As the Christmas season descends upon us, it is impossible to escape the fat and food shaming that has become such a pervasive aspect of our culture that even the holidays are apparently not immune.
Oh, I guess I’ll eat this cookie, but I’m going to be so fat thanks to Christmas. I’m definitely going to have to start going to the gym in January.
My body and I have a complicated relationship. Frankly, it’s been kind of an asshat to me for most of my life. An inconsistent asshat, to boot. I’ve had various health issues since I was a youngster, including but not limited to sinuses that almost killed me at age five*; a cholecystectomy at age seventeen (they took out my gallbladder, for those who don’t feel like clicking that link); a neck that started with some shenanigans at age eighteen, and those shenanigans are still going strong more than a decade later**; and going blind in one eye at age twenty-three.
That’s just the handful of big ones that popped into my head right then. I’ve also enjoyed all kinds of other ailments that I will probably write about sometime down the line. With the impending holidays, you undoubtedly have plenty to look forward to in the way of your family members over-sharing their health issues, so I’ll spare you mine for the time being. We’ll reconvene sometime in the spring.
My medical history reads like the disjointed novel of an English major on mescaline.
Oh! I know! Let’s give her shingles in her mid-twenties! She’ll never see that coming! It’s perfect!
But the thing about my body is that its appearance largely belies its underlying mess. To just look at me, one would assume that I am in great health, and even that I am in shape. I appear so in shape, in fact, that one of my ex boyfriends pursued me on the erroneous assumption that I was in shape. Except he had mono when we started dating, so the fact that my stamina for physical activity at that time matched his was a bit misleading.
Oh man! I ran a whole block! That warrants watching Grey’s Anatomy, supine on the couch for the next nine hours!
Not so long ago, I wrote a post about how I have gained some weight in the past couple of years. As the holidays loom and everybody and their brother is foisting upon their friends, family, and coworkers giant vats of baked goods, I have been reflecting more on this weight gain. See, I know exactly how I gained weight and I know why. I am almost positive that this is true of most people who are carrying any extra weight. Most people – especially most women – are acutely, painfully aware of their precise weight at any given moment.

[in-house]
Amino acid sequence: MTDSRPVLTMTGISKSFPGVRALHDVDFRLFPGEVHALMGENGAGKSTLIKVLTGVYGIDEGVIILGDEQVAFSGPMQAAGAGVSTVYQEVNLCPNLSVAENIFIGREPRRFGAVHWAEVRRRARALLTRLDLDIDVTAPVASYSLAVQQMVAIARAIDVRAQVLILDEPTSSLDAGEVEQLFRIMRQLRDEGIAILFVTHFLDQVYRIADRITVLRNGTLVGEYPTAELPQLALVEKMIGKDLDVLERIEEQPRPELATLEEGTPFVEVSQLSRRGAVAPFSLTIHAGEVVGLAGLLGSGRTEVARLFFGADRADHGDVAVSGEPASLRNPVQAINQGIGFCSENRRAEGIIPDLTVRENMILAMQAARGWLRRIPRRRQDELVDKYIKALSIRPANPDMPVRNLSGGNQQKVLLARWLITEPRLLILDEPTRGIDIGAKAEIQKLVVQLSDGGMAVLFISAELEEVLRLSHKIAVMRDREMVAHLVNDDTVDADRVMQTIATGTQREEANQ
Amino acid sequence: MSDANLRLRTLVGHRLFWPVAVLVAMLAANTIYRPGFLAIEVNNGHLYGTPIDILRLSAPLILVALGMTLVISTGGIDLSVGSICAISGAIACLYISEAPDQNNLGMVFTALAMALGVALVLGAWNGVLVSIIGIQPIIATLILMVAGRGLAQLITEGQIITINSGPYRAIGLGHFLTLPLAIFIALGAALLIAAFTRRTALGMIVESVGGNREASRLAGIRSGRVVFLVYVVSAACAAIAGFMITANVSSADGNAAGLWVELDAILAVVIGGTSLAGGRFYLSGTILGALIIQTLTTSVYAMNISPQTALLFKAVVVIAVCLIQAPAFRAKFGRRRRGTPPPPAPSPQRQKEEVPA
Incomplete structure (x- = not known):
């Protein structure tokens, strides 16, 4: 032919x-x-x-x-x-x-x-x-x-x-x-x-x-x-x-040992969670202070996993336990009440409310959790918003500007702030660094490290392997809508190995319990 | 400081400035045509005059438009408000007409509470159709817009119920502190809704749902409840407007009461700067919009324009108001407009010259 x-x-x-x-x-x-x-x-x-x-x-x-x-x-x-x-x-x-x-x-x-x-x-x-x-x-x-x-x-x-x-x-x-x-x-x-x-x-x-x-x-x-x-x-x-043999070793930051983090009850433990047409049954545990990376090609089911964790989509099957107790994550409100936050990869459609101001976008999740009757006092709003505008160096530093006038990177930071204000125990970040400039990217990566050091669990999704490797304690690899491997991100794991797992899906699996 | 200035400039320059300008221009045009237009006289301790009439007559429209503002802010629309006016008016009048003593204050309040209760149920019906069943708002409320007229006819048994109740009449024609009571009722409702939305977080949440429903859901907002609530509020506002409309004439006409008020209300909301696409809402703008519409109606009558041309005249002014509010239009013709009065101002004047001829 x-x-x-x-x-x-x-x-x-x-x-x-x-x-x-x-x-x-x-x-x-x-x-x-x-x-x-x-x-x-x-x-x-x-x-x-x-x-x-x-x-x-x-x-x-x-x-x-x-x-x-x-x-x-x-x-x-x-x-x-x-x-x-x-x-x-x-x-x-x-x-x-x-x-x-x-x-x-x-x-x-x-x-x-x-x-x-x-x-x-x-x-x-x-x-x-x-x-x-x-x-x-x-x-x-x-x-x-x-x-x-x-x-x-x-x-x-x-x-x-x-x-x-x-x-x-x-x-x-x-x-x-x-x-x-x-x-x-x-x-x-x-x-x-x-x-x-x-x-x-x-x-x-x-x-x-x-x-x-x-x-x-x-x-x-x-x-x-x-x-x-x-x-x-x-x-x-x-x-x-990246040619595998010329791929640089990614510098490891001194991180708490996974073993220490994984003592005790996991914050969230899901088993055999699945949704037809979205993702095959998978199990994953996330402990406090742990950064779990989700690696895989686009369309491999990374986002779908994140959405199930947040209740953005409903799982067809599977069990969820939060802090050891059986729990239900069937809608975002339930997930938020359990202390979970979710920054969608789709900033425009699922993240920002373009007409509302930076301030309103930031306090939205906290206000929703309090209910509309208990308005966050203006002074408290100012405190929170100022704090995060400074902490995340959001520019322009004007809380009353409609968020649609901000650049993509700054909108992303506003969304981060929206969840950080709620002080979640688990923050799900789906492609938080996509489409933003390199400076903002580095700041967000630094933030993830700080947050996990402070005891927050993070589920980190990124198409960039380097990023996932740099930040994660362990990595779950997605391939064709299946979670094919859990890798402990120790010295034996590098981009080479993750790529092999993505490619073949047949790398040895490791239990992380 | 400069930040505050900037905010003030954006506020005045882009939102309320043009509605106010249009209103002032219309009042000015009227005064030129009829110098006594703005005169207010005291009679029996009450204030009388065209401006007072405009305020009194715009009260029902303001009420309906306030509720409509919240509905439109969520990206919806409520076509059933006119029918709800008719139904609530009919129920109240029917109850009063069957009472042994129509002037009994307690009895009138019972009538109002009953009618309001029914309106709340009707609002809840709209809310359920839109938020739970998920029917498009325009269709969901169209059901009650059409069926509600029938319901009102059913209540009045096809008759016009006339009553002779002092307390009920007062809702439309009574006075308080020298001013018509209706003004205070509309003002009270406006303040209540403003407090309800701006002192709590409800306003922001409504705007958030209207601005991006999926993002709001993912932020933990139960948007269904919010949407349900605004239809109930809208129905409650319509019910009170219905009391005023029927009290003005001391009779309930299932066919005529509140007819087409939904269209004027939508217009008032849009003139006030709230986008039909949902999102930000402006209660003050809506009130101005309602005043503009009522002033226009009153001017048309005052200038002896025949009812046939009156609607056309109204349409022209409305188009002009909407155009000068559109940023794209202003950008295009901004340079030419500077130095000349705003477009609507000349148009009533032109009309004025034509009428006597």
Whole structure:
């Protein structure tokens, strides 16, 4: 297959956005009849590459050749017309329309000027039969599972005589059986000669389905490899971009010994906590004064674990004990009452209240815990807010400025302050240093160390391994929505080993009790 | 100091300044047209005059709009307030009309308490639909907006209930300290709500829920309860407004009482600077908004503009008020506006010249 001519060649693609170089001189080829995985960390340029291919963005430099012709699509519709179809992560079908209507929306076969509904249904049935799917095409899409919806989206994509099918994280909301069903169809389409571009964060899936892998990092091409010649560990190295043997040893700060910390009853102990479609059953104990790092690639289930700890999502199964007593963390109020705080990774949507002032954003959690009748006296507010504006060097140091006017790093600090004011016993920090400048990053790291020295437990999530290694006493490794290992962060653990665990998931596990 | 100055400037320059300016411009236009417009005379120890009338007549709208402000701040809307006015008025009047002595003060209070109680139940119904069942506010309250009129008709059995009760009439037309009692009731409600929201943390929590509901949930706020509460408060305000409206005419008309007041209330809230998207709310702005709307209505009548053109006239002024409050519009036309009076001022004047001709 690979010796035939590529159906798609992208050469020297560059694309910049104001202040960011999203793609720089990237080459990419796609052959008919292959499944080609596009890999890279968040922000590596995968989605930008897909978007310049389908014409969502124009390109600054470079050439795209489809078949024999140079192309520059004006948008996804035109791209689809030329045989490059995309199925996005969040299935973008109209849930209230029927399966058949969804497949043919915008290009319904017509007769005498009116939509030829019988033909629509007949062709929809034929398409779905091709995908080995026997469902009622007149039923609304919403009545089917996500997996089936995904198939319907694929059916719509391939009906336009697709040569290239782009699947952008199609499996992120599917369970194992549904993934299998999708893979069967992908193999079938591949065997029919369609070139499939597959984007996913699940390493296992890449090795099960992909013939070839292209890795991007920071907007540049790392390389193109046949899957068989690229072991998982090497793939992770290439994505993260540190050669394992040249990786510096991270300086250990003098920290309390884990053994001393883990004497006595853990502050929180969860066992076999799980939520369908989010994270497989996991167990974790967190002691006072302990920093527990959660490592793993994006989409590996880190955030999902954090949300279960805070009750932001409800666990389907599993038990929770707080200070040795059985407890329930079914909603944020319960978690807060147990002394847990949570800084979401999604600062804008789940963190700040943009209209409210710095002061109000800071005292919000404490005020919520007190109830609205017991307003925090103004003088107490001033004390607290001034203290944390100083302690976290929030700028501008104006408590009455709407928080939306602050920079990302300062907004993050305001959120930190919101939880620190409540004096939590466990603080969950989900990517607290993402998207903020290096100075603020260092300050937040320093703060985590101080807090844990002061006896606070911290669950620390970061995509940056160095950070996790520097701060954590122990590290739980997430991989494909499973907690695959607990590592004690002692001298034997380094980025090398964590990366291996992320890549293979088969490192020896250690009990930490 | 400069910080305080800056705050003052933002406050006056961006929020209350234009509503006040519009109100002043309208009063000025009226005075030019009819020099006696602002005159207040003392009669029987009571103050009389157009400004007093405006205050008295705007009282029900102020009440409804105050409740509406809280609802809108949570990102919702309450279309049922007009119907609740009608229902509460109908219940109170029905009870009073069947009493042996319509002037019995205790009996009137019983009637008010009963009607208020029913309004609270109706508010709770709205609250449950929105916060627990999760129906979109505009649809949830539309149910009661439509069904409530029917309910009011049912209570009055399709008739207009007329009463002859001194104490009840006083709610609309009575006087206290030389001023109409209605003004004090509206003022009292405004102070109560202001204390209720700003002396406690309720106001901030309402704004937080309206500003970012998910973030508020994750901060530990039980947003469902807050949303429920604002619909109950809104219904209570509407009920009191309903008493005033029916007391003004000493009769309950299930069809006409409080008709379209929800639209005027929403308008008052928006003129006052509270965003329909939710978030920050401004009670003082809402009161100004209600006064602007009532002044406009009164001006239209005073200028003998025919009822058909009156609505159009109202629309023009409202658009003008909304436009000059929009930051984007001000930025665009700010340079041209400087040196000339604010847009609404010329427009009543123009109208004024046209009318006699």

We like to judge people for the things they can control, things we think they should control. We are especially vitriolic about weight, and we are eminently nasty to women. Yes, there is an obesity epidemic. Yes, being massively overweight is a problem. Yes, we all would be happier and healthier and more productive if we were more active and less sedentary and filled our bodies with less garbage.
That is all irrefutably factual, but that’s not the point. The point is that fat-shaming and food avoidance has become some deeply ingrained into our Western culture that we – especially as women – have begun doing the hard work of degradation all on our own. No need to have mean girls or a boyfriend or a trainer or a doctor or media or anyone else tell us how disgusting we are because we’ll do it ourselves.
I do not have a daughter or even nieces to worry about undervaluing themselves. But I do have three nephews, all of whom will likely date girls at some time or another in their lives. One of them has already started. And when I consider the nearly fifteen years he has spent listening to his mother and his aunts bemoan their imperfect bodies and debase themselves for being human, it makes my (splotchy, pasty) skin crawl. He is a smart kid, and I am certain that he is kind to the girls he dates. Still, I cannot help but wonder if he has internalized that it is common and even normal for women to discredit all the wonderful aspects of themselves in favor of indulging this particularly abhorrent brand of self-loathing.
One of my goals for the upcoming year is to get into better shape. But it has everything to do with the aches and pains of my body, and the fact that I am too cheap to buy a whole new wardrobe to accommodate this extra fifteen pounds, and the desire to feel more comfortable in my own skin. It has to do with trying to combat some of the depression that is a byproduct of my predilection for shucking my clothing the moment I arrive home from work and literally closing the curtains on the world for the next thirteen to sixty hours. I have very deliberately decided that part of this attempt to become more active will include pushing myself outside my comfort zone, but that I will studiously avoid being harsh or mean to myself. And when a cookie and/or a pizza happens to cross my path, far be it from me to turn down such a glorious gift.
* Who knew that was even a thing?! It is quite possibly the nerdiest, most asinine reason I can think of for someone to be hospitalized for two weeks.
** More specifically, spasmodic torticollis in my sternocleidomastoid. I like to use that phrase to pick up strangers in bars. It’s especially effective in conjunction with letting people touch the bizarrely erect muscle band in my neck, and referring to it as my erect muscle band.